19th Anniversary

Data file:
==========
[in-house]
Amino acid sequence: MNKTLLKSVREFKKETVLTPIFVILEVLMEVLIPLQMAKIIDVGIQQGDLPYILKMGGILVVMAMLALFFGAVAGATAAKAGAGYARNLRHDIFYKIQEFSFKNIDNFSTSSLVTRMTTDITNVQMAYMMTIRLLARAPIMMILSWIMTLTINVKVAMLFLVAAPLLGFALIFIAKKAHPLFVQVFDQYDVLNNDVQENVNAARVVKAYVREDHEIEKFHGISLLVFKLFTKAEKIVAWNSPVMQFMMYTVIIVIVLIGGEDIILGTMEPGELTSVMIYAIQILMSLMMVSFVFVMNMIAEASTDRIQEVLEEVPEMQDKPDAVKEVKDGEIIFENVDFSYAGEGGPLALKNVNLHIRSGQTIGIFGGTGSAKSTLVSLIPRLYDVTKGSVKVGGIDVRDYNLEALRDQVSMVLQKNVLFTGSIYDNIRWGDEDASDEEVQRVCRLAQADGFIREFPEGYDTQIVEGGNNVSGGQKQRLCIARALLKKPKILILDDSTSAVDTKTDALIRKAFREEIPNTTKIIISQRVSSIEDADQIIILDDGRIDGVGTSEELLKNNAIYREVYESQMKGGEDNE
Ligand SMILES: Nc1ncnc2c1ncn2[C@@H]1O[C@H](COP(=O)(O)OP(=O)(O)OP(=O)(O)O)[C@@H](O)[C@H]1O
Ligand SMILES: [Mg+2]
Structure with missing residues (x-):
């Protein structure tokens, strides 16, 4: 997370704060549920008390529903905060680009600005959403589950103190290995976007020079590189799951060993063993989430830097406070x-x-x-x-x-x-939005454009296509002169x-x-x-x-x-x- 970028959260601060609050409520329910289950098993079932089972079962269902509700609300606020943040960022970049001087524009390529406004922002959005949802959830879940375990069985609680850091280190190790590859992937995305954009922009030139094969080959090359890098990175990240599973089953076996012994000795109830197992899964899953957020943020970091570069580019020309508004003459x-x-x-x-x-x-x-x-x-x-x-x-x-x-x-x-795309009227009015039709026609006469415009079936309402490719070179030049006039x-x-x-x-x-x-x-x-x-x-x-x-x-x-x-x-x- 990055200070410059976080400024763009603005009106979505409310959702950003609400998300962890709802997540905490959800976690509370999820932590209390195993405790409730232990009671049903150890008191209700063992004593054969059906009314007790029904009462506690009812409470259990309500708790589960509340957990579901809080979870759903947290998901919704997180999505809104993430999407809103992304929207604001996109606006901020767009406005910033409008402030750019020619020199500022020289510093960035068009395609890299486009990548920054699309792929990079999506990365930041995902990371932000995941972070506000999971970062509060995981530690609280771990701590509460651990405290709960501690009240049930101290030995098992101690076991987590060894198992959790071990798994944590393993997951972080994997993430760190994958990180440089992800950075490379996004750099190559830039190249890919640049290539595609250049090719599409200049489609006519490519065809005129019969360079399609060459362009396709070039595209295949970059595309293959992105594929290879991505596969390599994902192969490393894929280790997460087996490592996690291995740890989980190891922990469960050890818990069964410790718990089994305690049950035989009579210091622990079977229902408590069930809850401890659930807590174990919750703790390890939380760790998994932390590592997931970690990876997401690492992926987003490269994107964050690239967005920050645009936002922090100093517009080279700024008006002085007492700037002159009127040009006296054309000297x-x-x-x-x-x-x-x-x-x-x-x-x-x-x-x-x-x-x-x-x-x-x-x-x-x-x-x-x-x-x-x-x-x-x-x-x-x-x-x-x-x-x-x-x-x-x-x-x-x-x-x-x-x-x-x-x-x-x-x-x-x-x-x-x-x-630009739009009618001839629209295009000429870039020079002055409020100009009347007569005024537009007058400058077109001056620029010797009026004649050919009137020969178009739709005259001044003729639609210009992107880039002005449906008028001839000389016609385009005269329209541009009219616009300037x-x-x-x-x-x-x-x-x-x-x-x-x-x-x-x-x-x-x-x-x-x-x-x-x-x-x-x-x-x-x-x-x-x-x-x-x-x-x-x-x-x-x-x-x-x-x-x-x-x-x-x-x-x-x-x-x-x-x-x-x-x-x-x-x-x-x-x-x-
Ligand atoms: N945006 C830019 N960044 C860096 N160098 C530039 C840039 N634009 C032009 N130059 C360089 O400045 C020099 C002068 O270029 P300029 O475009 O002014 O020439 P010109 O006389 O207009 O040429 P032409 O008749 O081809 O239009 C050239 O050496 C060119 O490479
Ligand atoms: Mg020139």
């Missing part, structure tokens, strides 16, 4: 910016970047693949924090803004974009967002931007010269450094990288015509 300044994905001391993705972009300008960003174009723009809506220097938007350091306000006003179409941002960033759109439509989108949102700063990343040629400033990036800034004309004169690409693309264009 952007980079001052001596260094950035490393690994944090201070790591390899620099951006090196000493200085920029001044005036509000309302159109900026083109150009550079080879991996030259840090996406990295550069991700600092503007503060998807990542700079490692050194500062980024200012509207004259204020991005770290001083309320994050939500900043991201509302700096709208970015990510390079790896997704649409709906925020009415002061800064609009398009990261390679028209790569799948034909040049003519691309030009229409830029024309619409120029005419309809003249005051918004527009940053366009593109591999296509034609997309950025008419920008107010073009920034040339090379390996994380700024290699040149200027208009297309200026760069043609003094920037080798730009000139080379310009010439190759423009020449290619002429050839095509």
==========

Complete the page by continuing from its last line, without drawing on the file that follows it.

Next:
19th Anniversary 158 www.afamag.com |  www.incollect.com — Austria & Germany — Karl Rothmüller (German, 1860–1930), Mermaid on Coral Brooch, ca. 1900. Gilded silver, coral, pearl. Collection of Richard H. Driehaus. Photograph by John A. Faier, 2014, © The Richard H. Driehaus Museum. Art jewelry produced in Germany and Austria at the dawn of the twentieth century came under the moniker Jugendstil (Youth Style). Influenced by their counterparts in Britain, France, and elsewhere, Jugendstil designers drew inspiration from nature, sometimes portrayed realistically, as in English Arts and Crafts jewelry, and sometimes borrowing from the curvilinear lines and female forms of Art Nouveau jewelers. This mermaid brooch by German goldsmith Karl Rothmüller takes its inspiration from the work of the French Art Nouveau. Josef Hoffmann (Austrian, 1870–1956) and Berthold Löffler (Austrian, 1874–1960), the Wiener Werkstätte (1903–1932), Hostess Pin, ca. 1907. Enameled nickel silver. Collection of Richard H. Driehaus. Photograph by John A. Faier, 2014, © The Richard H. Driehaus Museum. The Secessionist style was a far more geometric form of Jugendstil. It was developed by artists who were often trained architects or painters, some of whom left established art groups to create alternative collectives. One of the most important evolutions of the Vienna Secession was the Wiener Werkstätte (Vienna Workshop), a cooperative of architects, artists, and designers, founded in 1903 by Josef Hoffmann and Koloman Moser. The Werkstätte’s artisans sought to collaboratively design complete environments for its artistically-minded clients, including architecture, interior wall coverings, furniture, and even the inhabitants’ clothing. This pin was designed for the hostesses at the avant-garde Cabaret Fledermaus (The Bat), which opened in Vienna in October 1907. The club’s interior décor, contents, and costumes were all designed by the Wiener Werkstätte. Gustav Klimt (1862–1918), a founding member of the Vienna Secession, was one of the artists involved in the design of the Cabaret, which closed in 1913.